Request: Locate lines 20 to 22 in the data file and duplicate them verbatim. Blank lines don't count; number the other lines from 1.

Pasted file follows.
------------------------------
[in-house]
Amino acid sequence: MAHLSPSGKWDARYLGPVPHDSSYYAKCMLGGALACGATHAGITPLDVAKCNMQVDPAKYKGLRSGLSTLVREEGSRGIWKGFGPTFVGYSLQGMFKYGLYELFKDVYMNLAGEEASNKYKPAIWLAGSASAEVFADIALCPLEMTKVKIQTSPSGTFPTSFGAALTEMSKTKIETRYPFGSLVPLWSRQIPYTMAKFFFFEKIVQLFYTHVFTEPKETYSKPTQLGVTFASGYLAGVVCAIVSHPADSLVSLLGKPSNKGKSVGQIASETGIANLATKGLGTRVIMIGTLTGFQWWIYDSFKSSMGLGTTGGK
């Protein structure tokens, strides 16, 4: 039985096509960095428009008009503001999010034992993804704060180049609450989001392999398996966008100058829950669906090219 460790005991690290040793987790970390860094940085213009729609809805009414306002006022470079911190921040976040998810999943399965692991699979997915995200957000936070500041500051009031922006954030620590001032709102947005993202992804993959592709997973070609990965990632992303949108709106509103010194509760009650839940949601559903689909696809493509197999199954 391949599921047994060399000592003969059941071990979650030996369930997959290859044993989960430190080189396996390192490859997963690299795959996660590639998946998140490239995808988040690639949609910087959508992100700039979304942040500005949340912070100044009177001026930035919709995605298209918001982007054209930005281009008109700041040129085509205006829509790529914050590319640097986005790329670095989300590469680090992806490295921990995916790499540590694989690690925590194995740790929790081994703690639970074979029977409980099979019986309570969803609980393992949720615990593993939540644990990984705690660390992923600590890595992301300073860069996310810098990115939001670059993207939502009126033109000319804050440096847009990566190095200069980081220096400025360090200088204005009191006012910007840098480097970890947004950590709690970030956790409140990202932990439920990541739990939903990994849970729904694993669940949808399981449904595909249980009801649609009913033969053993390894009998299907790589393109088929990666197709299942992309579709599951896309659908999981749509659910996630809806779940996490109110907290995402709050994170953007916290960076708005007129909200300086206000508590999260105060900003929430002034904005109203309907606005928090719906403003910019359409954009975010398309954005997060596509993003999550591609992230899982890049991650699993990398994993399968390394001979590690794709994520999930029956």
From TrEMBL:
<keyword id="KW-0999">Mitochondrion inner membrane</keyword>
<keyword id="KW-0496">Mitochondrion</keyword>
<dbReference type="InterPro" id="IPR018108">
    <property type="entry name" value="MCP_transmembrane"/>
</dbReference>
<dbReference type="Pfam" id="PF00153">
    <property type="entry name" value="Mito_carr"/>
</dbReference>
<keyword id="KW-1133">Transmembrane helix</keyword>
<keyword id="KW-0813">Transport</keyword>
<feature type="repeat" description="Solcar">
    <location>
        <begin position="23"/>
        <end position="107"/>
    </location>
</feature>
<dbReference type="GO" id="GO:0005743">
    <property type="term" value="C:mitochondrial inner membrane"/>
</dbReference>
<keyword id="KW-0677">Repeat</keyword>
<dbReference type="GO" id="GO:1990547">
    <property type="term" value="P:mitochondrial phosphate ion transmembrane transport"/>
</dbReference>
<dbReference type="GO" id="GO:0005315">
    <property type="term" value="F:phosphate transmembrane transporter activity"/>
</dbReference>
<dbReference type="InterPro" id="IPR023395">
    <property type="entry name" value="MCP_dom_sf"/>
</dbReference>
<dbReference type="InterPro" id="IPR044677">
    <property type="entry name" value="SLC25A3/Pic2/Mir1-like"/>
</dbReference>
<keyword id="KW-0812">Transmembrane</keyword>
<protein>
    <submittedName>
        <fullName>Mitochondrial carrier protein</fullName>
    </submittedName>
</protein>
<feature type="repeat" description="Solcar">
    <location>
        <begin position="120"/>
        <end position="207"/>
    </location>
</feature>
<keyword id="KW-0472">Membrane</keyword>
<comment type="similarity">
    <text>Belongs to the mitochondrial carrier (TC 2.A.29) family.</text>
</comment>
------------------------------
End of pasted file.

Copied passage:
</feature>
<dbReference type="GO" id="GO:0005743">
    <property type="term" value="C:mitochondrial inner membrane"/>